Podocytes (also known as visceral epithelial cells) are highly specialized cells found in the glomeruli of kidney nephrons. Podocytes wrap the external surface of the basal lamina of the glomerular capillaries (Figure 1). The morphology of podocytes is very complex and their main role is to filtrate the blood plasma, which happens in the kidney glomeruli.
Podocytes are really morphologically complex cells (Figure 2). They are polarized cells, with an apical domain toward the Bowman's capsule and the other toward the basal lamina of the capillary endothelium. Podocytes show a flat cytoplasm with a visible rise containing the nucleus. They have a well-developed Golgi apparatus, abundant endoplasmic reticulum, and many mitochondria and lysosomes. The cytoplasm sends many tiny finger-like protrusions that wrap the basal lamina of capillaries. These protrusions are called intergidital processes because protrusions coming from adjoining podocytes may be intermingled. The organelles are scarce in the interdigital processes. The form and length of these little expansions depend on the actin filaments. Neighbor interdigital processes are connected by molecular complexes known as slit diaphragms, and they show a dense glycocalix with a negative net charge, which make interdigital processes not to touch one another. Thus, their distribution on the surface of capillaries is rather homogeneous. Diaphragm slits are about 30 a 40 nm in length, looking like adherent junctions (with a dense region). They contains cadherins ZO-1 protein, nephrin, FAT an NEPH-1 proteins.
Podocytes are attached to the basal lamina by alpha3-beta1 integrins and by distroglycans. Both are connected to actin filament in the cytoplasm. Cytoskeleton is also responsible for the connection between interdigital processes through the slit diaphragm.
Podocytes are generated during the kidney formation by differentiation from messenchymal cells. These messenchymal cells also give the Bowman's capsule and the rest of the cells of the glomerulus, including endothelial and mesangial cells. Initially, podocytes are polygonal cells connected by gap junctions. However, when capillaries are developing, podocytes change the morphology to wrap those capillaries, lose gap-junctions and express specific molecules like synaptopodin, as well as the intermediate filament vimentin. The WT-1 protein is characteristic of podocytes both during development and at adult functional stage.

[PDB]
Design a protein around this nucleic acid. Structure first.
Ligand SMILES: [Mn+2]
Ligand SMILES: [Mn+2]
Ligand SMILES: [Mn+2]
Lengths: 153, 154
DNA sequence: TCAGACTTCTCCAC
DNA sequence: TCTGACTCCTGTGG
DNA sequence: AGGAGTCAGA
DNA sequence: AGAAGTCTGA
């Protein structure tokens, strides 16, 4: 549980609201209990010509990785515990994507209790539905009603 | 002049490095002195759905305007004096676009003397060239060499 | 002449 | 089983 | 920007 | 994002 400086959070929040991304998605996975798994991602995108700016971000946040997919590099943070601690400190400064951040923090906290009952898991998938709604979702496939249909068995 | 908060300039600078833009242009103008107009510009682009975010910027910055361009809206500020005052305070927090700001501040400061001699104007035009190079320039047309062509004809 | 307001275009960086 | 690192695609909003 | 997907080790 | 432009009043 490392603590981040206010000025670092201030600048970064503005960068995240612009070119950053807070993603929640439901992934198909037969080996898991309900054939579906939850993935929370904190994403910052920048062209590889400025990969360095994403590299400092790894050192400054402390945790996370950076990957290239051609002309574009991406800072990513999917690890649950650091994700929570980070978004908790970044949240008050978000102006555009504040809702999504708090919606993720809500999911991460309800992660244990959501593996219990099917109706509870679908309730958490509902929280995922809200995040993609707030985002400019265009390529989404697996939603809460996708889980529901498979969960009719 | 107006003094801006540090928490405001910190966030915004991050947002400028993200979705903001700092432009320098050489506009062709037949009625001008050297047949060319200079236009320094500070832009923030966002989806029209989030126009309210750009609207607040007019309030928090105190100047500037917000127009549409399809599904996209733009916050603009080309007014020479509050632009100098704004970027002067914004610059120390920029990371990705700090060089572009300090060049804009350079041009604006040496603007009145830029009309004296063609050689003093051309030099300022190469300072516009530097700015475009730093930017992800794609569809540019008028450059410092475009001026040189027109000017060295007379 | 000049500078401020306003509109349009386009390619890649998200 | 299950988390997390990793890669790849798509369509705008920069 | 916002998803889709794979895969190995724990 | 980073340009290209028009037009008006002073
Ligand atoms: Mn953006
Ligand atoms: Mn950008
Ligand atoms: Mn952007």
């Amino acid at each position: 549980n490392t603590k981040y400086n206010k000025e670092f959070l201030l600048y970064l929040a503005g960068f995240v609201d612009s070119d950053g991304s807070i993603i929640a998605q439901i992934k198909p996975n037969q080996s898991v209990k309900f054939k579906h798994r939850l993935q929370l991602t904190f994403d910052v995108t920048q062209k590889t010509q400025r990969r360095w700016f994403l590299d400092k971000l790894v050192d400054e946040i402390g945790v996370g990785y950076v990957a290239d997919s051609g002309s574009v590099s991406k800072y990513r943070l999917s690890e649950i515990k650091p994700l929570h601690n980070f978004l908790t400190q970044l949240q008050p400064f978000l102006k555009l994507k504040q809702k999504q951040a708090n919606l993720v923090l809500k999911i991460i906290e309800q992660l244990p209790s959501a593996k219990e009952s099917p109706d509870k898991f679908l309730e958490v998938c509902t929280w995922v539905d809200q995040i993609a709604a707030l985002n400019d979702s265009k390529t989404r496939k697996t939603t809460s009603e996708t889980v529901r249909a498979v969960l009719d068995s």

Unlike the mesangial cells of the glomerulus, the division rate of podocytes is very low. It makes sense since podocyte divisions may disturb the glomerulus organization and therefore the filtering capacity. Most podocytes are in a quiescent state maintained by a constant synthesis of mitotic inhibitors. Podocytes are not able to replace other died podocytes or cover enlargements of the capillary basal lamina with new cells. Experimentally, podocytes can be induced to proliferate. However, only the nucleus is divided and there is no cytokinesis. The decrease in the number of podocytes in a glomerulus is compensated by increasing the cell expansions of the already present podocytes.
Podocytes are involved in the filtration that takes place in the glomerulus. They are also important for preserving the structure of the glomerulus. Together with the endothelium and the basal lamina, podocytes are the third component of the filtration barrier. This barrier selects molecules according to their size and electrical charge, so that large molecules and ions are not allowed to cross. The less selective part of the barrier is the diaphragm slit between the interdigital processes.
Podocytes contribute to the basal lamina by synthesizing and releasing components part of its components. Basal lamina contains type IV collagen, laminin, entactin, agrin and perlecan. It is in permanent renewing and this is essential for filtering. Therefore, podocytes are also responsible for the filtration capability of the basal lamina. Furthermore, failures in interdigital processes led to filtering flaws and some pathologies like proteinuria.
The mechanical resistance of podocytes counterstans the hydraulic pressure of blood in capillaries, avoiding the breakage or distortion of the blood vessels. The mechanical strength is provided by the interdigital processes, which contain a cytoskeleton made up of mainly actin filament that is connected to the basal lamina through integrins. The ability of actin/myosin for producing contractions make adjustable the intensity and pressure of the wrapping around the capillaries, which also influence the filtration capacity.
Pavenstädt H, Kriz W, Kretzler M. 2003. Cell biology of the glomerular podocyte. Physiologycal reviews 83: 253-307.